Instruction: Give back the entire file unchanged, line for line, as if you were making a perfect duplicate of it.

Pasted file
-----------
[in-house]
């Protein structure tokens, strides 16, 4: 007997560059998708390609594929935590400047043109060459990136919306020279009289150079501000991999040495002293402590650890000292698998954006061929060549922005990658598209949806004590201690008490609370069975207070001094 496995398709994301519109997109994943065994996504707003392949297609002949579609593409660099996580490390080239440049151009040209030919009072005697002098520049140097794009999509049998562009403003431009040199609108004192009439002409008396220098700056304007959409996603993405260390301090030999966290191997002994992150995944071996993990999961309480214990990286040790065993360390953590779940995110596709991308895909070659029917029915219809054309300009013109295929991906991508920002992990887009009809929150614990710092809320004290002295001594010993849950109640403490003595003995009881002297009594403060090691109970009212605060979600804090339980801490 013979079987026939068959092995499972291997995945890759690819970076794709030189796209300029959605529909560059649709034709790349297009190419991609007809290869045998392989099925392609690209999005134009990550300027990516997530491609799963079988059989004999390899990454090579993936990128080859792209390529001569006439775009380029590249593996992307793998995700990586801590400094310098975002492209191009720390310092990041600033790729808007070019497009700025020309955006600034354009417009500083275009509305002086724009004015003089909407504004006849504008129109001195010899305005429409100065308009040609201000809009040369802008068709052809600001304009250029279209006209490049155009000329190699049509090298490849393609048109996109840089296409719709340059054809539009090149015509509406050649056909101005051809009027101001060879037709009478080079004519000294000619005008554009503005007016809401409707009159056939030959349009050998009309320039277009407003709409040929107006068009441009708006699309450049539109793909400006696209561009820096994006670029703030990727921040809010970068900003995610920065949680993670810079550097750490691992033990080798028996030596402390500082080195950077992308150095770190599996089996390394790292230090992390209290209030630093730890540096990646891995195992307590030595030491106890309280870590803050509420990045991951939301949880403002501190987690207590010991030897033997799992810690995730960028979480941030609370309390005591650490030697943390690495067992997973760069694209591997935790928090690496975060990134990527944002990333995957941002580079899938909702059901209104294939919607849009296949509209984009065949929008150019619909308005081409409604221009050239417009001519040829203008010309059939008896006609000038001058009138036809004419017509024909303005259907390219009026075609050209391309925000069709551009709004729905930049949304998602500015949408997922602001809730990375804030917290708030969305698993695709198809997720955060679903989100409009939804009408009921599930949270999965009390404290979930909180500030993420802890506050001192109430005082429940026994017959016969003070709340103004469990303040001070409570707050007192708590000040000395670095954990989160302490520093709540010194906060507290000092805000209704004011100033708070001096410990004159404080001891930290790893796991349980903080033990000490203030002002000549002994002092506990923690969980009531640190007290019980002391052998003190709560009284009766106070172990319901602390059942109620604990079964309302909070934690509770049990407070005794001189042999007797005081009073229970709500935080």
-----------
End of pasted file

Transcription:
[in-house]
């Protein structure tokens, strides 16, 4: 007997560059998708390609594929935590400047043109060459990136919306020279009289150079501000991999040495002293402590650890000292698998954006061929060549922005990658598209949806004590201690008490609370069975207070001094 496995398709994301519109997109994943065994996504707003392949297609002949579609593409660099996580490390080239440049151009040209030919009072005697002098520049140097794009999509049998562009403003431009040199609108004192009439002409008396220098700056304007959409996603993405260390301090030999966290191997002994992150995944071996993990999961309480214990990286040790065993360390953590779940995110596709991308895909070659029917029915219809054309300009013109295929991906991508920002992990887009009809929150614990710092809320004290002295001594010993849950109640403490003595003995009881002297009594403060090691109970009212605060979600804090339980801490 013979079987026939068959092995499972291997995945890759690819970076794709030189796209300029959605529909560059649709034709790349297009190419991609007809290869045998392989099925392609690209999005134009990550300027990516997530491609799963079988059989004999390899990454090579993936990128080859792209390529001569006439775009380029590249593996992307793998995700990586801590400094310098975002492209191009720390310092990041600033790729808007070019497009700025020309955006600034354009417009500083275009509305002086724009004015003089909407504004006849504008129109001195010899305005429409100065308009040609201000809009040369802008068709052809600001304009250029279209006209490049155009000329190699049509090298490849393609048109996109840089296409719709340059054809539009090149015509509406050649056909101005051809009027101001060879037709009478080079004519000294000619005008554009503005007016809401409707009159056939030959349009050998009309320039277009407003709409040929107006068009441009708006699309450049539109793909400006696209561009820096994006670029703030990727921040809010970068900003995610920065949680993670810079550097750490691992033990080798028996030596402390500082080195950077992308150095770190599996089996390394790292230090992390209290209030630093730890540096990646891995195992307590030595030491106890309280870590803050509420990045991951939301949880403002501190987690207590010991030897033997799992810690995730960028979480941030609370309390005591650490030697943390690495067992997973760069694209591997935790928090690496975060990134990527944002990333995957941002580079899938909702059901209104294939919607849009296949509209984009065949929008150019619909308005081409409604221009050239417009001519040829203008010309059939008896006609000038001058009138036809004419017509024909303005259907390219009026075609050209391309925000069709551009709004729905930049949304998602500015949408997922602001809730990375804030917290708030969305698993695709198809997720955060679903989100409009939804009408009921599930949270999965009390404290979930909180500030993420802890506050001192109430005082429940026994017959016969003070709340103004469990303040001070409570707050007192708590000040000395670095954990989160302490520093709540010194906060507290000092805000209704004011100033708070001096410990004159404080001891930290790893796991349980903080033990000490203030002002000549002994002092506990923690969980009531640190007290019980002391052998003190709560009284009766106070172990319901602390059942109620604990079964309302909070934690509770049990407070005794001189042999007797005081009073229970709500935080």